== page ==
The first question was answered here. The next nine of the best 10 from the day are answered below.
It’s a Monday PFT mailbag, courtesy of the fact that I forgot to do one on Sunday.
Check it out below, and be ready to ask questions the next time we ask for them at the PFT Twitter page.
From @DrJ144: “Excluding Russell Wilson, which NFC West QB would you buy the most stock in over the next 5 years? Goff & Jimmy have both been to a Super Bowl (& both missed a big throw in a Super Bowl). I may say Kyler despite just one year seeing him.”
Without question, it’s Cardinals quarterback Kyler Murray. He was phenomenal as a rookie, better than Patrick Mahomes or Lamar Jackson in their rookie seasons. (Mahomes, of course, played only one game.) Murray could be the NFL’s next big thing, and I’d bet on him having a higher ceiling than Jimmy Garoppolo or Jared Goff, both of whom seem to be as good as they’re ever going to be.
He can throw, he can run, and he won more than a few games without much help around him. The team will be better this year, and Murray could end up being a lot better than he was in 2019.
So give me Murray — especially since he has three years left under his rookie deal, and then a fifth-year option.
From @MikeLikesDirt: “Could the removal of Brady instantly have made the AFC East one of the most exciting/competitive divisions in the league?”
The perceived regression of the Patriots definitely makes the AFC East more interesting, but if anything it feels like a two-team race between New England and Buffalo, with the Dolphins or the Jets maybe having a chance to make things interesting.
The NFC East seems to be more wide open than the AFC East. All four teams have improved, and even though it’s believed Dallas and Philly will battle it out for the top spot, Washington and new coach Ron Rivera may quickly become a factor, especially with one of the best front sevens in the NFL.
And don’t sleep on the NFC West. All four teams could be good enough to get to the playoffs. With three wild-card berths per conference, all teams in theory could — especially since they play the four teams of the AFC East and NFC East.
From @idunno_40: “I would like to know how you can really say ANY game on Thanksgiving isn’t prime time? It’s Thanksgiving. A huge national holiday with a limited number of games. They are all prime time Mike.”
Prime time is night time, period. Given the stakes, playoff games are bigger than the Thanksgiving Day games, and no one regards a playoff game that starts at 1:00 p.m. ET to be a “prime time” game.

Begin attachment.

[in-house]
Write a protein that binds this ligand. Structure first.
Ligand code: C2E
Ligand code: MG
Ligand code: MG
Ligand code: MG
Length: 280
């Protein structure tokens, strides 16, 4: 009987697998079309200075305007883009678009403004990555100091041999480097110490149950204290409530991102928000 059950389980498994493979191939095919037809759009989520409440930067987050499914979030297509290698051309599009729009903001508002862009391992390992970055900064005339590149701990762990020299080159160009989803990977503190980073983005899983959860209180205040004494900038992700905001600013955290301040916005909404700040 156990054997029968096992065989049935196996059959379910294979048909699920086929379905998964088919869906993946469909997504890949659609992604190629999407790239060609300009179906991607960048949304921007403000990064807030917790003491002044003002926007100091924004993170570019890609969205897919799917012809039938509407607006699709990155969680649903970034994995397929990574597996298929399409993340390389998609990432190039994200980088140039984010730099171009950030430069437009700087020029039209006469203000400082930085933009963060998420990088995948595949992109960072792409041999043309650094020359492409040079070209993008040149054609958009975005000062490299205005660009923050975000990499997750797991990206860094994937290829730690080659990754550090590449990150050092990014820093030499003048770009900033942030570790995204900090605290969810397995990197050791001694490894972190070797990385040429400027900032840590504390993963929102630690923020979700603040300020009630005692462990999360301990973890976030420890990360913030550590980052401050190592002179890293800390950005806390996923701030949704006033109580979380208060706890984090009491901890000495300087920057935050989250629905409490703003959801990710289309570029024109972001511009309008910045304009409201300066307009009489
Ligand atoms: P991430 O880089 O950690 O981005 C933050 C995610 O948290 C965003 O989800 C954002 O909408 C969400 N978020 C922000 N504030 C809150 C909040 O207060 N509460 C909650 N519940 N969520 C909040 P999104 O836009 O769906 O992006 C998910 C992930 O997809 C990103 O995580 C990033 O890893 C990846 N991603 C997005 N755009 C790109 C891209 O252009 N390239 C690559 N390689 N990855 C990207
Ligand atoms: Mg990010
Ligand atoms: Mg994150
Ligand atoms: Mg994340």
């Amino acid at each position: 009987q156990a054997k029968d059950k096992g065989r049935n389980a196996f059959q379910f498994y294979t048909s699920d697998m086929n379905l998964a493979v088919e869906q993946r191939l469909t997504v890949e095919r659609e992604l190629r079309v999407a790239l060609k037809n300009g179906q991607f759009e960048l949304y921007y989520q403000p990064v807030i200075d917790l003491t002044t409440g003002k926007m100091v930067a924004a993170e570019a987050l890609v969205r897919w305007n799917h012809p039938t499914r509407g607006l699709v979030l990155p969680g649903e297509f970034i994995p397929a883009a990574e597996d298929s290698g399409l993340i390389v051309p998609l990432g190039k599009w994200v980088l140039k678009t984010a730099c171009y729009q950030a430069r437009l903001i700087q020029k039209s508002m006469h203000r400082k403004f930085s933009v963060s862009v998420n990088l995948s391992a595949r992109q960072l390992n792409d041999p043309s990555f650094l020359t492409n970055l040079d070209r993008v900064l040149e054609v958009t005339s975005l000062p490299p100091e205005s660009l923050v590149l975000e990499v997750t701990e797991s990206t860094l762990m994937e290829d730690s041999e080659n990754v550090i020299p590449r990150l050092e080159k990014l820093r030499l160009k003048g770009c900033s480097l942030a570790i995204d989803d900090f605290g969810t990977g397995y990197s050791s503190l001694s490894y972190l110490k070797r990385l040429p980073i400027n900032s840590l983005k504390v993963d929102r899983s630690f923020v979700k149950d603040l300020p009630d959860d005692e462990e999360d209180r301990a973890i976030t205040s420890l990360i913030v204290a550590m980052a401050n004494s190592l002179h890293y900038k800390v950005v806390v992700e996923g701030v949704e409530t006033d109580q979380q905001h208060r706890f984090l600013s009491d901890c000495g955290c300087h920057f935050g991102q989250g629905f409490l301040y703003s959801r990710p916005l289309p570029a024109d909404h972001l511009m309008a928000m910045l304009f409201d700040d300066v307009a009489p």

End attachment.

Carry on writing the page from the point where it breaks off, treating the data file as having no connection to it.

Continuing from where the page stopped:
That said, the Thanksgiving Day game are special. They ooze tradition. They feel like a bigger deal than other games, even night games. And they generate gigantic ratings, thanks to a captive audience that otherwise would be interacting with family members.
But the only prime-time game played on Thanksgiving is played at night. Because only night time is prime time.
From @MarleyGUSU: “Which team with a losing record in 2019, will have the best record in 2020?”
The top candidates are the Browns (6-10), the Colts (7-9), the Broncos (7-9), the Buccaneers (7-9), the Falcons (7-9), and the Cardinals (5-10-1).
I’ll go with the Broncos. They’ve got something special in second-year quarterback Drew Lock, and they’ve devoted plenty of assets to making the offense better, both in free agency and the draft. The defense will be improved in coach Vic Fangio’s second year on the job — and if pass rusher Bradley Chubb can get and stay healthy, he could explode in his third season.
Yes, the Broncos need to contend with the Chiefs. But each of the other teams that finished under .500 will have tough teams to deal with in their own divisions, too.
A lot of it depends on whether Jefferson can quickly contribute. Some first-round receivers do, plenty don’t.
So first he has to get on the field, and he has to play well enough to attract attention away from Thielen. Until Jefferson does, the impact will be nothing like the impact Stefon Diggs had on the offense.
As impact on the Minnesota passing game goes, don’t overlook 2019 second-round tight end Irv Smith Jr. The Vikings expect big things from him this year, and a lot of the balls that would have gone to Diggs may instead find their way to Smith.